Yet even with this much self-reflection, it’s not all navel-gazing. Mostly, Lana is asking questions, including the album’s title. Sometimes these queries are about her, including the pleading, “When’s it going to be my turn?” in the title song. Other times, they’re directed at others such as “Do you want children? Do you want to marry me? Do you want to run marathons on Long Beach by the sea?” in “Sweet.” But, by and large, Lana’s asking the big questions. The existential ones (she was a philosophy major). “Do you think about heaven?” she raises on the album’s gospel opener, “The Grants.” Similarly on “Sweet,” she asks, “Do you contemplate where we came from?” And she probes most esoterically on “Fingertips”: “Will I die? Or will I get to that ten-year mark where I beat the extinction of telomeres? And if I do, will you be there with me, Father, Sister, Brother?”

With all these inquiries, I want to return to the assertion made by Judah Smith: could what Lana’s doing be considered preaching? Certainly asking wide-ranging questions about the nature of existence, death, and the beyond seem religious in nature to me. And then there’s the matter of the songs that I would consider themselves religious: “The Grants” and “Kintsugi” (and to some extent, “Grandfather please stand on the shoulders of my father while he’s deep-sea fishing” with her plead to God to send her butterflies for her dead loved ones). Bolstered by the heavenly uplift of gospel backup singers Melodye Perry, Pattie Howard, and Shikena Jones, who just so happened to also be Whitney Houston’s singers, “The Grants” explores the memories we will take with us to the grave: “My pastor told me when you leave, all you take, is your memory. And I’m gonna take mine of you with me.” What is Lana going to take? She specifically calls out her sister’s first-born child and her grandmother’s last smile, both of which are enough to move any listener to tears. And then, you learn the belted refrain of “Rocky Mountain High” is not only Lana’s evocation of a romantic fantasy of America yet again, but a direct reference to her uncle’s suicide in the National Park. “The Grants” is, I believe, a modern hymn, akin to Nick Cave and Warren Ellis’s similar death march “Lavender Fields.” I mean, what’s next? An album of Psalms?

I would not even be surprised, as “Kintsugi” is the most Nick Cave song I’ve ever heard not written by the man himself. Much of this has to do with both songwriters being obsessive students of Leonard Cohen whose line “That’s how the light gets in” from The Future’s “Anthem” Lana cribs for this song. In “Anthem,” Cohen describes an eternal return of our flawed existence—“The wars they will be fought again. The holy dove, she will be caught again, bought and sold and bought again.” Yet rather than giving up entirely, Cohen deadpans, “Forget your perfect offering. There is a crack, a crack in everything. That’s how the light gets in.” Lana turns this refrain into a spiritual light (or “the sunlight of the spirit,” as she articulates) being let in after the broken heart of grief. She sings, “I don’t trust myself with my heart but I’ve had to let it break a little more because they say that’s what it’s for. That’s how the light shines in.”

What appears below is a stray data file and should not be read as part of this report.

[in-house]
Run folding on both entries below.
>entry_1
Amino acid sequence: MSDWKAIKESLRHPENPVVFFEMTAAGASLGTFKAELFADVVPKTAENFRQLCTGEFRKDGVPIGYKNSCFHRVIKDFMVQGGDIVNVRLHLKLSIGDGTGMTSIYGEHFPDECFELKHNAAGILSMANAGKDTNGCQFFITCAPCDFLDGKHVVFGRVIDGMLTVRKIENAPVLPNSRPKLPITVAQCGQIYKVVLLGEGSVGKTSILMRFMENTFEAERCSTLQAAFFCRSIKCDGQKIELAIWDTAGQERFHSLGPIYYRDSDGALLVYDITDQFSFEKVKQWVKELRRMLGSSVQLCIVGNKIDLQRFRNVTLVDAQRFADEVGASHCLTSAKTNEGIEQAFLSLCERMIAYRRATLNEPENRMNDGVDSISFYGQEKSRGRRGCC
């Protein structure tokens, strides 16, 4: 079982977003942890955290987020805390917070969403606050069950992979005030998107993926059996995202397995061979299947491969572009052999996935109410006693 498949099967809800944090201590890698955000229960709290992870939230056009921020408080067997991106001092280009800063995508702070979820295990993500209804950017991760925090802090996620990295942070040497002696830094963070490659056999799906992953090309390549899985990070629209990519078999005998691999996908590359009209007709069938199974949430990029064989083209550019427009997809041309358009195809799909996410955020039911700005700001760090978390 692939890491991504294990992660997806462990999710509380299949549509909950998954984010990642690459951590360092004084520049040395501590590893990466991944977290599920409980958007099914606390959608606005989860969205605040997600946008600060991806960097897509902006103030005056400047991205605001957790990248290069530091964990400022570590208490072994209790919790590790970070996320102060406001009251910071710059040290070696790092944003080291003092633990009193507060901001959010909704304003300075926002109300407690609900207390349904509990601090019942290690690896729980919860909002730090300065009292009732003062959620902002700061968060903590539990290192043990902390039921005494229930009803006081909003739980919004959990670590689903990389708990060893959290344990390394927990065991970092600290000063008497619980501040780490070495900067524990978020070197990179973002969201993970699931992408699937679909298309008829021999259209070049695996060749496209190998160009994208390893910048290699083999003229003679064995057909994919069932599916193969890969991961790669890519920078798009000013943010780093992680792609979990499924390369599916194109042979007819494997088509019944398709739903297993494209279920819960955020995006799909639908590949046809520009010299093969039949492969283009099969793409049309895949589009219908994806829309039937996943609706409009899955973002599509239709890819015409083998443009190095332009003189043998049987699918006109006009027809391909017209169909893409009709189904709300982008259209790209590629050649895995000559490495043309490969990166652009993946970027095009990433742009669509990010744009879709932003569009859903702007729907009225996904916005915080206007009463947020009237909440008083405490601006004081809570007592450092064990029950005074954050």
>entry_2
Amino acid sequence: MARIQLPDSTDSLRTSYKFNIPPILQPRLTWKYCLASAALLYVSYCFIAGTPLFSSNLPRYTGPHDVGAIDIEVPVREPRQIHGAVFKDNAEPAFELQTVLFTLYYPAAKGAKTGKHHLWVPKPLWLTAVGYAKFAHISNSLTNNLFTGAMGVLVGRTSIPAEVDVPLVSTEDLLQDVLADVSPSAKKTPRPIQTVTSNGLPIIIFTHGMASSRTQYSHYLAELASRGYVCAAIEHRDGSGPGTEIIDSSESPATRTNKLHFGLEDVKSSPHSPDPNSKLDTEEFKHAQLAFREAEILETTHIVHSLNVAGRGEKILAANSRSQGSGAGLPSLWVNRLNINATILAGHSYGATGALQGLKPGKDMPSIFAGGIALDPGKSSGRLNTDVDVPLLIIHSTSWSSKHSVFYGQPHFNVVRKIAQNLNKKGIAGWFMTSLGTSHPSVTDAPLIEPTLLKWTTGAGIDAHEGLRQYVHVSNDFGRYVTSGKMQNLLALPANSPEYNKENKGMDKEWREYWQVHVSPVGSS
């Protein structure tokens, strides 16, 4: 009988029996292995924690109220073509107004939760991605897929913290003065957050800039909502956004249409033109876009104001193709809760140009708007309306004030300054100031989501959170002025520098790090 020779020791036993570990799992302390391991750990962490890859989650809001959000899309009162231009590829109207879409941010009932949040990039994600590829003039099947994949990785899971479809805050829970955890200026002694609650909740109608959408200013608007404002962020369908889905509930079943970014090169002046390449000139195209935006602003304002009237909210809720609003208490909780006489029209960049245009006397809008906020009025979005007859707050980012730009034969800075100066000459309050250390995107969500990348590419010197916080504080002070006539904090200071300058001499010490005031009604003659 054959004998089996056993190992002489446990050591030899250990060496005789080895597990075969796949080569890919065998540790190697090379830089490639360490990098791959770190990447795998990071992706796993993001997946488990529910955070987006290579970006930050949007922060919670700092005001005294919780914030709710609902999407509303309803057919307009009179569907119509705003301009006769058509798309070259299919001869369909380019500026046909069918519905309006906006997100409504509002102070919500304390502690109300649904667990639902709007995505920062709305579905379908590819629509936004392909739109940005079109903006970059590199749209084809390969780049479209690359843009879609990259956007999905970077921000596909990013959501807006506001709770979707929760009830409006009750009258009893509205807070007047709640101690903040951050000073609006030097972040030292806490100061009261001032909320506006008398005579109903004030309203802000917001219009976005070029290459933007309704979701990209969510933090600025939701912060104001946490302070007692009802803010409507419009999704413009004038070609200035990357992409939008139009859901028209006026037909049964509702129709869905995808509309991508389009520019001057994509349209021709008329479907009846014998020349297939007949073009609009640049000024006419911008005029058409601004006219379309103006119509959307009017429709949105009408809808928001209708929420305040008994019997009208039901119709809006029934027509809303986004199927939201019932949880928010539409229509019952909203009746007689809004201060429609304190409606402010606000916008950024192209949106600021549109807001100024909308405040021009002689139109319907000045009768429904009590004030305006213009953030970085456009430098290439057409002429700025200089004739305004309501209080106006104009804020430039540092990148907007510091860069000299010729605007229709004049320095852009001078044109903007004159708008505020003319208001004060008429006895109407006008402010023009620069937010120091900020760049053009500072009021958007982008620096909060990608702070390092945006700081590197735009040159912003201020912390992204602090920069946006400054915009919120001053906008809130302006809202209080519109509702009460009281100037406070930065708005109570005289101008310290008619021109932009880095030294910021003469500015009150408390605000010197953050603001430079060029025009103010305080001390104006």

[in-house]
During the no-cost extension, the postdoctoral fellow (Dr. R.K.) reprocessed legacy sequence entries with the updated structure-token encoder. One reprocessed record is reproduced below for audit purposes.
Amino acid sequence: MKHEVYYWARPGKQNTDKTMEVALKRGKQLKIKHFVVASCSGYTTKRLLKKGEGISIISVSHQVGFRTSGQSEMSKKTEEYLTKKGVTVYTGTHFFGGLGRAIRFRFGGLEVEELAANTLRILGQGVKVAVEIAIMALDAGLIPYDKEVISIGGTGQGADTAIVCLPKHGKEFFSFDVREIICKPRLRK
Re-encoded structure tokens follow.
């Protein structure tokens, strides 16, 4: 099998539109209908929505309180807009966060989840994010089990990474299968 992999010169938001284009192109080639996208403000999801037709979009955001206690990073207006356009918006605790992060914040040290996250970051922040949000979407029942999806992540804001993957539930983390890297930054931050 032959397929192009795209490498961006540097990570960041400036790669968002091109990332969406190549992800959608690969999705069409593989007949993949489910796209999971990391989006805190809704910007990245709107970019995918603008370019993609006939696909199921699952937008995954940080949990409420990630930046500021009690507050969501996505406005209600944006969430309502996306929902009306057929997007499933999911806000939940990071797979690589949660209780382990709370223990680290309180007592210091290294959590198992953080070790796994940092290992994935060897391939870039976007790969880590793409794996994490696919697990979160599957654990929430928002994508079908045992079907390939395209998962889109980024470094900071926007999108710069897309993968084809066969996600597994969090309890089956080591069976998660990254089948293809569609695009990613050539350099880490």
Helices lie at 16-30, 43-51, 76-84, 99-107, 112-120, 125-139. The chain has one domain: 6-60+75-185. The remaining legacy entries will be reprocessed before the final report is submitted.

Even though many of the songs on Ocean Blvd seem depressing as hell, they are, in some ways, like “Kintsugi” quite cathartic, life-affirming, and uplifting. There is a kingdom in the sky and the light gets in through those cracks! And perhaps it’s these cracks that also guide some of the most self-assured parts of the album. From the gospel singers’ opening fuck-up on “The Grants,” singing “mind” instead of “mine,” Lana seems to also be embracing herself (and others) in all the mess. “My shirt is inside out. I’m messy with the pen,” as she sings on “Margaret.” This self-assuredness is also apparent in the giggling that appears throughout the album, from the short nervous chuckle before “A&W” to the consistent laughing in both “Judah Smith Interlude” and “Jon Batiste Interlude,” the latter is somehow perhaps even more strangely unsettling as a cackling carnivalesque soul hall of mirrors. Bizarre.

All of which means: our girl is still fucking crazy but she is free. The last two songs on the album seem to declare just that like soundtracks to a manic episode, starting with “Peppers,” a bizarre mix of erotic Tommy Genesis hip-hop with a sudden infusion of surfer rock in the form of “Wipe Out” that almost reaches B-52’s level of mid-20th century camp. It’s a chaotic and erotic whirlwind of a song as Lana shouts, “I’m in love” and gives a peep show to the neighbors (“I take off all my clothes, dance naked for the neighbors. I’m like, ‘Fuck it, gonna give a show,’ I open up the blinds”). This suddenly psychotic energy in an album largely consisting of downbeat piano ballads blends seamlessly into the Golden State psychedelia of “Taco Truck X VB” in which Lana continues to dance, with fleeting glimpses of ominous imagery (“Although it seems I’ve gotten better, I can be violent too” and “Blood on my feet, on the street, I’m dancing crazy”).

“Taco Truck X VB” not only sees Lana recoup her Lanita persona from “Florida Kilos” that I’m sure someone is penning a thinkpiece about right now, but midway through the song presents listeners with a surprise. A shift back to “Venice Bitch” from Norman Fucking Rockwell! What the hell does Lana mean by bringing back this song—or a version of it, in which her coos to “Get high…Drop acid” seem almost SSION-like? The appearance of “Venice Bitch” yet again on an album released three-and-a-half years after the original is a bold–even, daring–move, not only sampling herself at length but sampling what is undeniably her most critically acclaimed album. But it’s more than a ballsy choice. There is a small tell hidden within “Paris, Texas” in which Lana explains, after going on trips around the globe, that she returns home to, as the background vocals whisper, “Venice, California.” “Venice Bitch” feels like a homecoming of sorts for our Lady of Southern California. It’s as if she emerges from the tunnel, back to the beach.